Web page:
Calves, antimicrobials, and you: How dairy producers can prevent antibiotic residues in calves

Antimicrobial treatments like antibiotics are an important tool for raising healthy calves. Irresponsible use of these medications is increasingly scrutinized by consumers, media, and regulators, and can have negative impacts on food safety and human health as well as consumer perceptions of dairy farming.

Since not all calves go to a veal barn for finishing – some can go from an auction barn straight to processing -, dairy producers in particular have a key role to play when it comes to ensuring food safety through responsible antimicrobial use in bob calves.

black-calf-with-tagIn Ontario, all light calf carcasses (up to 176 pounds) are tested for residues under the provincial Antimicrobial Surveillance program. If a carcass tests positive, it is condemned and the Canadian Food Inspection Agency will use the animal’s ID tag to trace that carcass back to its farm of origin, issue a violation letter and follow up with a visit to that farm.

More than a dozen drug residues are commonly found in light calves – about half are from scour pills and approximately one third come from antibiotics with very long withdrawal times.

Modern testing equipment is extremely sensitive and can detect residue levels of up to one billionth or even one trillionth of a gram of tissue or plasma. If you follow label directions and indications correctly, only one in 1,000 animals will have residues that exceed the allowable limits. When in doubt, contact your veterinarian.

Responsible shipping of any animals off the farm is critical to ensuring food safety and maintaining consumer trust and confidence in Canadian farmers and Canadian food.

As a dairy producer, here is what you can do to prevent antibiotic residues in your calves:

  • Prevention is better than treatment. To keep your calves healthy, feed the right amount of ration for a calf’s energy and protein requirements, keep them warm and dry, and ensure you’re providing extra feed in cold, wet weather.
  • Store any on-farm medications properly (e.g. refrigerate if needed, keep away from extreme heat or cold, properly dispose of expired medications etc.).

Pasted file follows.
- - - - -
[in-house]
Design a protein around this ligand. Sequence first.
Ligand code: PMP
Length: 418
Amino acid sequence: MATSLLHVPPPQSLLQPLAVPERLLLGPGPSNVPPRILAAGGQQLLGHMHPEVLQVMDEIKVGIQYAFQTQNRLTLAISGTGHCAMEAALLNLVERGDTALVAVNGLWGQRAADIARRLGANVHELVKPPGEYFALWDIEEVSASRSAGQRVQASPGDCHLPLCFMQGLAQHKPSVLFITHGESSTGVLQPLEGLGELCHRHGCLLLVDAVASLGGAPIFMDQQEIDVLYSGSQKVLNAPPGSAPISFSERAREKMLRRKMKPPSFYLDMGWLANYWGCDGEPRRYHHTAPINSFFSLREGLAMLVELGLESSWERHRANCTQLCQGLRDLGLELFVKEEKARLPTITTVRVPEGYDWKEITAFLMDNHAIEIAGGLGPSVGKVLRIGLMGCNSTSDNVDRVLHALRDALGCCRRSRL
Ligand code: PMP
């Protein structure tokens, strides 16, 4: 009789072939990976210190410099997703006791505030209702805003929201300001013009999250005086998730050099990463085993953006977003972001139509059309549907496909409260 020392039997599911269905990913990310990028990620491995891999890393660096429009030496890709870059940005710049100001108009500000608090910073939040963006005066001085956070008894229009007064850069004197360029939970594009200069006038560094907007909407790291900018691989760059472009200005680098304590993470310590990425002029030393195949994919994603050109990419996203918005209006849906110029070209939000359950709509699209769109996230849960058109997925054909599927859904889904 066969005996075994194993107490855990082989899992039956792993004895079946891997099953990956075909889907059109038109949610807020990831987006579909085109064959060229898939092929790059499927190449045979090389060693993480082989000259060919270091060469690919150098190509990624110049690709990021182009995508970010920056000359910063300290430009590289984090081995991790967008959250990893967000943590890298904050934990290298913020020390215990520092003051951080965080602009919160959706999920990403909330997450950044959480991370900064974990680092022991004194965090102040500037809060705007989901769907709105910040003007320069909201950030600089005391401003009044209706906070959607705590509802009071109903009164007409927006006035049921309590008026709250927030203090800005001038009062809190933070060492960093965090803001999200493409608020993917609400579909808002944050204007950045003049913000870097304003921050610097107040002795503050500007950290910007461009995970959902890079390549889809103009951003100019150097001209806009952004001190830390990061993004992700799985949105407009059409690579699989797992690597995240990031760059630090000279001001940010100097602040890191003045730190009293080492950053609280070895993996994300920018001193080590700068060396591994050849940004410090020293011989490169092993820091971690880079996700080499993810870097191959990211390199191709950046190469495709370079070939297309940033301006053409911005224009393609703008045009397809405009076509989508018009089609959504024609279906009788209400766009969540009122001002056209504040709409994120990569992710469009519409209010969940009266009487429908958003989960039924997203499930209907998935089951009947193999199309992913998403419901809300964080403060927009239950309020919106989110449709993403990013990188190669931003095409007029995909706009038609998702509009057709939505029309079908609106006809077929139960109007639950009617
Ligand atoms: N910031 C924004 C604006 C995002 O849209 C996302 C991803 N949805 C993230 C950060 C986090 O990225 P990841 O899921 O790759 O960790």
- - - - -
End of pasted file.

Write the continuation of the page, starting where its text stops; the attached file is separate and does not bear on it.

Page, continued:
• Follow label directions for dose, route, duration, frequency, injection site, treatment indication, animal species, use class, and withdrawal times.
  • Keep treatment records. Properly ID your animals and keep track of what medications are given to which calf. Under the Canadian Quality Milk program, all treated calves must be identified with a unique permanent identifier, like an ear tag. In group pens, mark treated calves with livestock markers to ensure they can be easily monitored for withdrawal times. Withdrawal dates can be tracked on a calendar, spreadsheet, pocket notebook or in herd management software.
  • Treat waste milk with caution. Feeding milk from treated cattle to calves could result in a positive residue test, so be careful.

Before shipping:

  • Check your treatment records.
  • Ensure you’re following the proper withdrawal times for each medication, including those you purchase from locations other than a vet, such as a feed supplier. If you have a veterinary prescription for an extra label use, follow the withdrawal times on the script as it may be longer than what is stated on the label. If you’re unsure about withdrawal times, including meat withdrawal times, contact your veterinarian.
  • Provide new owners with information about treatments and withdrawal times – this is a requirement under the Canadian Quality Milk program. For example, did you treat a calf for scours or use long-acting antibiotics for pneumonia?
  • Ensure calves are healthy before shipping. Shipping stress could result in a no-sale calf that could be euthanized at the sale barn.
  • Make sure all calves leaving the farm are properly identified, as per Canadian Cattle Identification Agency (CCIA), National Livestock Identification for Dairy (NLID) or Agri-Traçabilité Québec (ATQ) standards.

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